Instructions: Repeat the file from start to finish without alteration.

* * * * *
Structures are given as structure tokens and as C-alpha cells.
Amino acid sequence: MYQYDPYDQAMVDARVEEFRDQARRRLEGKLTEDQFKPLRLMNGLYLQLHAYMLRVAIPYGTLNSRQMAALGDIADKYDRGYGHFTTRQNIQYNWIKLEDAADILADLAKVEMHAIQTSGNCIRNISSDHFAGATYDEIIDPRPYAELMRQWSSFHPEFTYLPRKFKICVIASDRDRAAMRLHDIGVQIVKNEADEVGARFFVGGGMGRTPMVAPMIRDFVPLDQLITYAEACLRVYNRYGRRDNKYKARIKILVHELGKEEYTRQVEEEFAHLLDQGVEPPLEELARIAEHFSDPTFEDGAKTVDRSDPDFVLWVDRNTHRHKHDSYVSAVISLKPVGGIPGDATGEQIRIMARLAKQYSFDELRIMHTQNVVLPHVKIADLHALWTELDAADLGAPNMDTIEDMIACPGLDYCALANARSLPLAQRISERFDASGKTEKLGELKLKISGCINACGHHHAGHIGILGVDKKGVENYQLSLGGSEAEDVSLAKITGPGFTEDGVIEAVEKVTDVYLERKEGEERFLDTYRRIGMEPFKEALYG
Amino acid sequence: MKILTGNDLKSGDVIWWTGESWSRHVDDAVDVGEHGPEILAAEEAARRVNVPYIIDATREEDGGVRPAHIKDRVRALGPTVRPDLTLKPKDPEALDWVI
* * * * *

Structures are given as structure tokens and as C-alpha cells.
Amino acid sequence: MYQYDPYDQAMVDARVEEFRDQARRRLEGKLTEDQFKPLRLMNGLYLQLHAYMLRVAIPYGTLNSRQMAALGDIADKYDRGYGHFTTRQNIQYNWIKLEDAADILADLAKVEMHAIQTSGNCIRNISSDHFAGATYDEIIDPRPYAELMRQWSSFHPEFTYLPRKFKICVIASDRDRAAMRLHDIGVQIVKNEADEVGARFFVGGGMGRTPMVAPMIRDFVPLDQLITYAEACLRVYNRYGRRDNKYKARIKILVHELGKEEYTRQVEEEFAHLLDQGVEPPLEELARIAEHFSDPTFEDGAKTVDRSDPDFVLWVDRNTHRHKHDSYVSAVISLKPVGGIPGDATGEQIRIMARLAKQYSFDELRIMHTQNVVLPHVKIADLHALWTELDAADLGAPNMDTIEDMIACPGLDYCALANARSLPLAQRISERFDASGKTEKLGELKLKISGCINACGHHHAGHIGILGVDKKGVENYQLSLGGSEAEDVSLAKITGPGFTEDGVIEAVEKVTDVYLERKEGEERFLDTYRRIGMEPFKEALYG
Amino acid sequence: MKILTGNDLKSGDVIWWTGESWSRHVDDAVDVGEHGPEILAAEEAARRVNVPYIIDATREEDGGVRPAHIKDRVRALGPTVRPDLTLKPKDPEALDWVI